26 “‘Yes,’ the king replied, ‘and to those who use well what they are given, even more will be given. But from those who do nothing, even what little they have will be taken away. 27 And as for these enemies of mine who didn’t want me to be their king—bring them in and execute them right here in front of me.’”

Footnotes:

  1. 19:10 “Son of Man” is a title Jesus used for himself.
  2. 19:13 Greek ten minas; one mina was worth about three months’ wages.
Read More
Psalm 87

Psalm 87

A song. A psalm of the descendants of Korah.

On the holy mountain
    stands the city founded by the Lord.
He loves the city of Jerusalem
    more than any other city in Israel.[a]
O city of God,
    what glorious things are said of you! Interlude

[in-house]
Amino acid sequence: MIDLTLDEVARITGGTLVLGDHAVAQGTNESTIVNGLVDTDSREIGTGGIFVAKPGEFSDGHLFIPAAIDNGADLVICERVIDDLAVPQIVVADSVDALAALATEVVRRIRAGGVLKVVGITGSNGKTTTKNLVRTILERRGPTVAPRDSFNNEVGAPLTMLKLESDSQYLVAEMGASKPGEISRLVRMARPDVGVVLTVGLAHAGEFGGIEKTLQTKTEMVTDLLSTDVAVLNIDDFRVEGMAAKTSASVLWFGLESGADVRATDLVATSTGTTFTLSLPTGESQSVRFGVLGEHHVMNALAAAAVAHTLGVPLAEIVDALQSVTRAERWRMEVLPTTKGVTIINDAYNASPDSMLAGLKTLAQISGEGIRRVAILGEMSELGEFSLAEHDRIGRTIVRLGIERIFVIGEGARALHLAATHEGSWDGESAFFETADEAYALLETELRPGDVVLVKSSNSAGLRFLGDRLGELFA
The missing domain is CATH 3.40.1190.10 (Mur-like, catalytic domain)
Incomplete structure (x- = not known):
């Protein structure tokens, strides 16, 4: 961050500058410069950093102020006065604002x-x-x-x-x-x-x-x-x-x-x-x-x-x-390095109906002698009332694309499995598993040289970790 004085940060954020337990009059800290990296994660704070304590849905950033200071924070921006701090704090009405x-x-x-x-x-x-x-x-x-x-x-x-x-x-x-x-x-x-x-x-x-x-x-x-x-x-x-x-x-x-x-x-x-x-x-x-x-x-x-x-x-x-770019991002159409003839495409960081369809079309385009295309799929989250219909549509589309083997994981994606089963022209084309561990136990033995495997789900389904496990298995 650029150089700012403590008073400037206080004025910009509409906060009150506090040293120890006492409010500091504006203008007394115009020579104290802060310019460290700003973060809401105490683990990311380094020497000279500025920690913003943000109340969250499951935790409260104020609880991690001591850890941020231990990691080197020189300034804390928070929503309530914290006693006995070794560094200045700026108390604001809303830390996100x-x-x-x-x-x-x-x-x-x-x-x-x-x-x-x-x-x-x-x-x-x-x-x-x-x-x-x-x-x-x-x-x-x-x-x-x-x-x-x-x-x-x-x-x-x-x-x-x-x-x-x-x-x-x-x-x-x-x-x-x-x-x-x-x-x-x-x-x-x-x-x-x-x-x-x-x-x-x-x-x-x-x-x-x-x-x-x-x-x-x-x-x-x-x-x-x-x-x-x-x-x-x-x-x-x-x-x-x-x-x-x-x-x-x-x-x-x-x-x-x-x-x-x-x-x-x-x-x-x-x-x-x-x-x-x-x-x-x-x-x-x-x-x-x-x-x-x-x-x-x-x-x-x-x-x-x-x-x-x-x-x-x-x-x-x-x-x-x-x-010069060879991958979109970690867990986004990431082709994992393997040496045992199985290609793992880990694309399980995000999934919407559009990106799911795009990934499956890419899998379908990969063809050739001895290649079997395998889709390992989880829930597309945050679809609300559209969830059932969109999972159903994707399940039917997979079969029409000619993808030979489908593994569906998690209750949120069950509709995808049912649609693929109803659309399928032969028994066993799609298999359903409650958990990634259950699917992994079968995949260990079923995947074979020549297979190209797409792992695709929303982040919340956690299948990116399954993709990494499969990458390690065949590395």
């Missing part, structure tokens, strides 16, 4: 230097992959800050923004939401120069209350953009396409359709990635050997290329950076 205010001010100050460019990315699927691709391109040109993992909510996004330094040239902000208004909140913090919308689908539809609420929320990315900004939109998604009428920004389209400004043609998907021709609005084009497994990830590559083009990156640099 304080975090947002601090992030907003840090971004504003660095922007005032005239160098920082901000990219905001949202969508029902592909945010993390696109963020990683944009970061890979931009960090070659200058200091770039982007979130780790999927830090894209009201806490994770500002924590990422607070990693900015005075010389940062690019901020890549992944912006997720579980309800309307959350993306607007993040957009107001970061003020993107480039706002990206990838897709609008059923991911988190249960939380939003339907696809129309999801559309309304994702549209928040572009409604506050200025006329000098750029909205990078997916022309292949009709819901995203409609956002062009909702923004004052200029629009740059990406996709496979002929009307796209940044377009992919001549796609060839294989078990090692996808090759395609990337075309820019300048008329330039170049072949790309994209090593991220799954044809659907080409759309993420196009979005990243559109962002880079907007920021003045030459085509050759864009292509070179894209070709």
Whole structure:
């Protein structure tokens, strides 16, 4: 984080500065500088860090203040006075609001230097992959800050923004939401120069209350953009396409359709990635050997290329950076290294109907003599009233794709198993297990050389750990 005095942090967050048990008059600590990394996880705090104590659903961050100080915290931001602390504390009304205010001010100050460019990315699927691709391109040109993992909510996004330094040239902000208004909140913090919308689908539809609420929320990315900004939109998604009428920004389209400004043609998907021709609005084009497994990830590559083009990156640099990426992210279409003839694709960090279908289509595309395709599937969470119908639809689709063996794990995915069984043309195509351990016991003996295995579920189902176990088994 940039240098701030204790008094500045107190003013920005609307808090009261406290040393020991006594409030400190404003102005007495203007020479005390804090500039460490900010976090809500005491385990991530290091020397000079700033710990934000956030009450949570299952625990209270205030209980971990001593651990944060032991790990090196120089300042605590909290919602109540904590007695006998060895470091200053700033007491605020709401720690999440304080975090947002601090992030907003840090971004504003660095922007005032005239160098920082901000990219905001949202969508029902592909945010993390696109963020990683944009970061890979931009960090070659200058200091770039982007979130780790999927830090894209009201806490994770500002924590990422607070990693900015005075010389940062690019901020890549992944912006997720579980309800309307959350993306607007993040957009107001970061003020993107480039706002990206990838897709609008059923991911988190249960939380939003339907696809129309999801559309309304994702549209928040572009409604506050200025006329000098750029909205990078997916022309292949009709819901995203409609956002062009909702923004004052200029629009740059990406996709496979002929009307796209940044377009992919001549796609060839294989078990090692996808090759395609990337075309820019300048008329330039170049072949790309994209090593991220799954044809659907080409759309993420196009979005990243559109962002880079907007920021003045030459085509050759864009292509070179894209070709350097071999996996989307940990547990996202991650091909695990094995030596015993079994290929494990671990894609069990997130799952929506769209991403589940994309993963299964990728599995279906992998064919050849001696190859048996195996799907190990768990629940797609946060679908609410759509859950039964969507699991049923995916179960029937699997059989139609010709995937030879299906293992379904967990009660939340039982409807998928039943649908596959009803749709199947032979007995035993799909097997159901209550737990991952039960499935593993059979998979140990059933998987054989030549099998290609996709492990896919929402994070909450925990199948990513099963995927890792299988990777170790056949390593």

I will count Egypt[b] and Babylon among those who know me—
    also Philistia and Tyre, and even distant Ethiopia.[c]
    They have all become citizens of Jerusalem!
Regarding Jerusalem[d] it will be said,
    “Everyone enjoys the rights of citizenship there.”
    And the Most High will personally bless this city.
When the Lord registers the nations, he will say,
    “They have all become citizens of Jerusalem.” Interlude

The people will play flutes[e] and sing,
    “The source of my life springs from Jerusalem!”

Footnotes:

  1. 87:2 Hebrew He loves the gates of Zion more than all the dwellings of Jacob. See note on 44:4.
  2. 87:4a Hebrew Rahab, the name of a mythical sea monster that represents chaos in ancient literature. The name is used here as a poetic name for Egypt.
  3. 87:4b Hebrew Cush.
  4. 87:5 Hebrew Zion.
  5. 87:7 Or will dance.
Read More
Proverbs 13:11

11 Wealth from get-rich-quick schemes quickly disappears;
    wealth from hard work grows over time.

Read More
New Living Translation (NLT)

Holy Bible. New Living Translation copyright© 1996, 2004, 2007, 2013 by Tyndale House Foundation. Used by permission of Tyndale House Publishers Inc., Carol Stream, Illinois 60188. All rights reserved.


Subscribe
Mark as complete
Mark as incomplete
Unpause and Continue Reading